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HOME RANGE: Notes on Literature, Nature, Working Dogs, History, Other Obsessions and Sundry Annoyances by Henry Chappell

Geezers Defacing Books



Wyman Meinzer and I had a fine time signing copies of Horses to Ride, Cattle to Cut: The San Antonio Viejo Ranch of Texas last Wednesday in Hebbronville. Our thanks to Charlotte Hellen and the Museum Foundation of Hebbronville for hosting us and to the people of South Texas for their remarkable support of our work. I love the Wild Horse Desert.

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Half a Cheer for Bullies


My first piece in The New English Review, a little autobiographical essay.

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Interview on the Master National

Up-and-coming young pro trainer Luke Cour and his Cody after a near-perfect run on a water-land series. Luke's expression says it all.


Here's recent, short interview I did with Gary Joiner of "Texas News and Views" on this year's Master National Retriever test held at The Big Woods on the Trinity in east Texas.

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Marking Our Lives With Our Dogs

Love this.

Yes, it should be too sentimental for a rumpled old novelist, but I don't care.



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Time, Gravity, Entropy

A little forced inactivity reminds me of what looms in the not-too-distant future, and of the preciousness of time.

Back in April, I noticed that when I tilted my head back, mild pain flared up in my left shoulder. Meh. Old age and all that. Nothing a few Advil and healthy hardheadedness wouldn’t cure. My grandson Cade and I took up Krav Maga and fished a couple times every week, all summer. My shoulder ached, but after a little warm-up, I felt fine and could pump through 40 pushups, and a bunch of burpees, and throw punches and elbows with little or no discomfort.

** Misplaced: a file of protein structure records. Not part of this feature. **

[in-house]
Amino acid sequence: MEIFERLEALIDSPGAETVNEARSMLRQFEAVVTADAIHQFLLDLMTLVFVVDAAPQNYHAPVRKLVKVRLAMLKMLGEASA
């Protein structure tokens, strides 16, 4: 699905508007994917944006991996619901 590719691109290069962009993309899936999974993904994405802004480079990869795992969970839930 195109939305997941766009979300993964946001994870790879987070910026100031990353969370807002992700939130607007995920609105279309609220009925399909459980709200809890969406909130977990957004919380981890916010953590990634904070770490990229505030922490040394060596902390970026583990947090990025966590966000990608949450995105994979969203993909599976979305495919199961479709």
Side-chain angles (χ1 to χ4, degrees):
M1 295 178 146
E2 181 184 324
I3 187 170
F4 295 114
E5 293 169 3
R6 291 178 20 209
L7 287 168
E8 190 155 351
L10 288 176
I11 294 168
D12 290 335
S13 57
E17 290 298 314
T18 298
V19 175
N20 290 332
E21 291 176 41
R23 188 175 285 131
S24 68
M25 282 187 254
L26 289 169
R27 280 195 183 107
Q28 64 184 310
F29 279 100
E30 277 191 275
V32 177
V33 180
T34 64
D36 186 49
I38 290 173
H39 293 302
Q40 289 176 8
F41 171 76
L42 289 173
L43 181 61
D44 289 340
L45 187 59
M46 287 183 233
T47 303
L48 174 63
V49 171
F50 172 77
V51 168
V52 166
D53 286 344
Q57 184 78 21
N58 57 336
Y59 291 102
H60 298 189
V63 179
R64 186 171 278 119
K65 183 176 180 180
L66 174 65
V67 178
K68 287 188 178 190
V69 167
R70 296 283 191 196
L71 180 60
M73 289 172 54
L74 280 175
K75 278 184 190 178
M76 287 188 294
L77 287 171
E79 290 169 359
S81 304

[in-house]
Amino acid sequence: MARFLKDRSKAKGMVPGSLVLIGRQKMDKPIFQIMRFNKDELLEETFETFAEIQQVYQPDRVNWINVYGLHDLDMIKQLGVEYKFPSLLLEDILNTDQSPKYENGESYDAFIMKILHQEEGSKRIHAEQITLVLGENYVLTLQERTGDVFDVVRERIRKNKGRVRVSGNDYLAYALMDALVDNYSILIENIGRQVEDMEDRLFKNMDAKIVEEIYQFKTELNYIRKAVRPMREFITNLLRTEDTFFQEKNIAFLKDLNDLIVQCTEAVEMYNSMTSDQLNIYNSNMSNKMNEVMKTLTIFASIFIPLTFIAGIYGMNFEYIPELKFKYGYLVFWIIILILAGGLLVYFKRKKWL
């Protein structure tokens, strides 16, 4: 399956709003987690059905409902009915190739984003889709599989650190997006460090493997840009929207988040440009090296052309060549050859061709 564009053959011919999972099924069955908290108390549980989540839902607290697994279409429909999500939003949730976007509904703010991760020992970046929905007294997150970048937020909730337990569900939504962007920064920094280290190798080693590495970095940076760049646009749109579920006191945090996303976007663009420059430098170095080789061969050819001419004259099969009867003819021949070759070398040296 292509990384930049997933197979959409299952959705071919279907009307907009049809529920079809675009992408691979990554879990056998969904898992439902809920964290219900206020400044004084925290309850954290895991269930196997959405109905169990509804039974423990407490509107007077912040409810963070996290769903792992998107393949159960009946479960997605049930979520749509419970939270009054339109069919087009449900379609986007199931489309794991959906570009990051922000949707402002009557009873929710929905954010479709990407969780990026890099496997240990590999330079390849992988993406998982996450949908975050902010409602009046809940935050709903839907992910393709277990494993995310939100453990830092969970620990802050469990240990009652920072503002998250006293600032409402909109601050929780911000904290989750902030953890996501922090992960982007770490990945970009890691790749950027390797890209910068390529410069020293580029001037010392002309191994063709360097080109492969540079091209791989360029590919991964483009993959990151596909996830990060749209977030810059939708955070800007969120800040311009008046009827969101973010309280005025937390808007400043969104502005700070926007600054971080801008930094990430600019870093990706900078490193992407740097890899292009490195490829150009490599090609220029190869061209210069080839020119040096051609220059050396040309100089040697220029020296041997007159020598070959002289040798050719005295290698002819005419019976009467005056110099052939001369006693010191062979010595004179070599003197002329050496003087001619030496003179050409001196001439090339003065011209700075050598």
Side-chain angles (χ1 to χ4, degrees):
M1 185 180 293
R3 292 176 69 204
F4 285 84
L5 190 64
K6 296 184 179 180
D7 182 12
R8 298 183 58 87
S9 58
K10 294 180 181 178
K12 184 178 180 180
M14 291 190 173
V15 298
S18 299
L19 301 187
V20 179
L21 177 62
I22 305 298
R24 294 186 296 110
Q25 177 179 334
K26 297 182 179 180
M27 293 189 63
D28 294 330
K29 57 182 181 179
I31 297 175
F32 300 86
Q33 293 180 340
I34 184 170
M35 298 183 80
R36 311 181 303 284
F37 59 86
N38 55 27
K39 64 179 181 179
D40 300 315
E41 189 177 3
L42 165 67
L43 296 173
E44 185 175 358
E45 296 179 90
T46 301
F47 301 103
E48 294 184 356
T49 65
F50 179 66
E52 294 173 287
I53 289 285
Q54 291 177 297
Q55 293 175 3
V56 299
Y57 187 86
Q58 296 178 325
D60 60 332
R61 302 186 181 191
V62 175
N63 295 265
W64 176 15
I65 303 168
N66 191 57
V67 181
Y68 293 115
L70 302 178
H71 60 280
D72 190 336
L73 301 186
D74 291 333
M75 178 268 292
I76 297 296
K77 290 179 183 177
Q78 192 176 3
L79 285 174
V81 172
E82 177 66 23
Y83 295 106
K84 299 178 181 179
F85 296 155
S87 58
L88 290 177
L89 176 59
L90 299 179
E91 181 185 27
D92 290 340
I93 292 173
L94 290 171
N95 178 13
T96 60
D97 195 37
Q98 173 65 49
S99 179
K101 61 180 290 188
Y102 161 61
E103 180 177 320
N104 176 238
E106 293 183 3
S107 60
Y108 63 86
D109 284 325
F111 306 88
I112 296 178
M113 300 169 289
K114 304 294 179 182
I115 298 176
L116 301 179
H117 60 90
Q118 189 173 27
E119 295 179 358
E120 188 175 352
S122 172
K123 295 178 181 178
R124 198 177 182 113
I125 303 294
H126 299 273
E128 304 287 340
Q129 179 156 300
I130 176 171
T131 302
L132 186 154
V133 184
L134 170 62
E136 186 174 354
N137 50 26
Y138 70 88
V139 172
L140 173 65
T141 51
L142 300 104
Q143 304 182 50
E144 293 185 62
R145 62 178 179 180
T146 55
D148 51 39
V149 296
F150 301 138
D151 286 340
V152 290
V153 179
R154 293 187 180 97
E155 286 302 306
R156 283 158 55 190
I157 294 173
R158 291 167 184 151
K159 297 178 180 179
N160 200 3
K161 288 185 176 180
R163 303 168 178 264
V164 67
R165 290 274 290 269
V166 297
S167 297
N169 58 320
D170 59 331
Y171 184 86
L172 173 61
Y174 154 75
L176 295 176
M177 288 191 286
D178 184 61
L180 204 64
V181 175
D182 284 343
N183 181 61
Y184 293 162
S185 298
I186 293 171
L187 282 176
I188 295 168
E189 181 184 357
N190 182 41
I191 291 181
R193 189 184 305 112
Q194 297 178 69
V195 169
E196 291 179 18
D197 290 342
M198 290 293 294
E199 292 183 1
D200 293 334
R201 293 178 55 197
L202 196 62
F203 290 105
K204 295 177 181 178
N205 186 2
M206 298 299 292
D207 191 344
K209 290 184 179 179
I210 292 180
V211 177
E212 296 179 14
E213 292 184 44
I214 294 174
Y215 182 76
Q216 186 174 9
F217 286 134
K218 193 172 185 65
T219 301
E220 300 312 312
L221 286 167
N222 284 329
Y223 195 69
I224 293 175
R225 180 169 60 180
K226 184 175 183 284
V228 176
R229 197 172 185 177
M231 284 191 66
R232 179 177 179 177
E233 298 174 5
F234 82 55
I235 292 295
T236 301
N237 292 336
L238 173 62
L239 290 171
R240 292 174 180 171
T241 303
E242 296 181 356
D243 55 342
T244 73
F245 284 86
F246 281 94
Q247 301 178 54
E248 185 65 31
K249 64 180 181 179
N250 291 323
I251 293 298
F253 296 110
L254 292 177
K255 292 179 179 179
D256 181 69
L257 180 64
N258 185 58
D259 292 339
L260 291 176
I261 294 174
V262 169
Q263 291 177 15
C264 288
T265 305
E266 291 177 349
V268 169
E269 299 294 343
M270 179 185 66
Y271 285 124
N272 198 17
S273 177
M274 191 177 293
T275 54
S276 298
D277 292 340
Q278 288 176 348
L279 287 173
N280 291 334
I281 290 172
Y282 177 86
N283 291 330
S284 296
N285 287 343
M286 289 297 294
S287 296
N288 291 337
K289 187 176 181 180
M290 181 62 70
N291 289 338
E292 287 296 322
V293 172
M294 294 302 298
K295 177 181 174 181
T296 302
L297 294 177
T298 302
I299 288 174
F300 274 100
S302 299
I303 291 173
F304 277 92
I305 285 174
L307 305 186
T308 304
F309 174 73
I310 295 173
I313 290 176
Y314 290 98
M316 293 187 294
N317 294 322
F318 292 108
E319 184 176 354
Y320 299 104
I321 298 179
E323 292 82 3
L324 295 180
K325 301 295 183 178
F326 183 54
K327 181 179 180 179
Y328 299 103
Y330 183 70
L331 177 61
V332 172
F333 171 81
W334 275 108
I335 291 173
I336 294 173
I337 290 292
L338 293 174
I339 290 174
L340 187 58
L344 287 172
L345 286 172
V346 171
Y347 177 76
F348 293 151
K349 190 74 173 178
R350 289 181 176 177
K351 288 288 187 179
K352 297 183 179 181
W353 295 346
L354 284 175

Okay, the problem worsened, a little, but, see, my first belt test was scheduled for September 23. I’d deal with the issue afterward. The test, a grueling three-hour ordeal is designed not only to find out if you’ve acquired the requisite skills, but also to test your resolve. How much do you want to move to the next level? (You know it’s going to be rough when there are designated puke locations.) I got through the test fine - the oldest geezer in the group - although I hadn’t known that kind of fatigue and pain since my college football days.

The strain didn’t help my shoulder problem. Now, I had intermittent tingling down my arm, and a hell of a lot more pain. I took a couple weeks off, then showed up for my first Level II workout. After an easy jog around the facility, we came in and plopped down for push-ups. I nearly fell on my face. My left arm had no strength and now ached from the mild exertion.

Turns out, I don’t have a shoulder problem, I have a neck problem. Stenosis caused by a “significant” bulge between C6 and C7 pinching the nerve that serves my left arm. The problem would likely go away in a year or so, but I’d lose a lot of arm strength in the meantime. Never mind the everyday pain and interference with hunting, fishing, and fighting. Oral steroids helped slightly but only temporarily. Now I’m scheduled for a cortisone injection on November 8. If that doesn’t work, there will be a second injection, then, as a last resort, surgery, which will fix the problem for sure, but I’ll be pretty restricted for three months or so.

Hunting season has arrived, but it hurts to look up. This might not be a problem if I were a deer hunter sitting in a stand instead of a squirrel and bird hunter. Fishing is great in North Texas in early fall, so I’ll be pumping up the old float tube (one-handed), feeling grateful that my casting arm works just fine. And I’ll kick the heavy bag, do my squats and crunches, and try to remember not to take good health and the gift of a day for granted. I have friends who’re facing challenges that make this one seem like nothing but a minuscule aggravation. If nothing else, this little setback serves as a reminder of what looms out there in the not-too-distant future. Time is precious. I regret every second I’ve wasted even though I’ll surely waste more.
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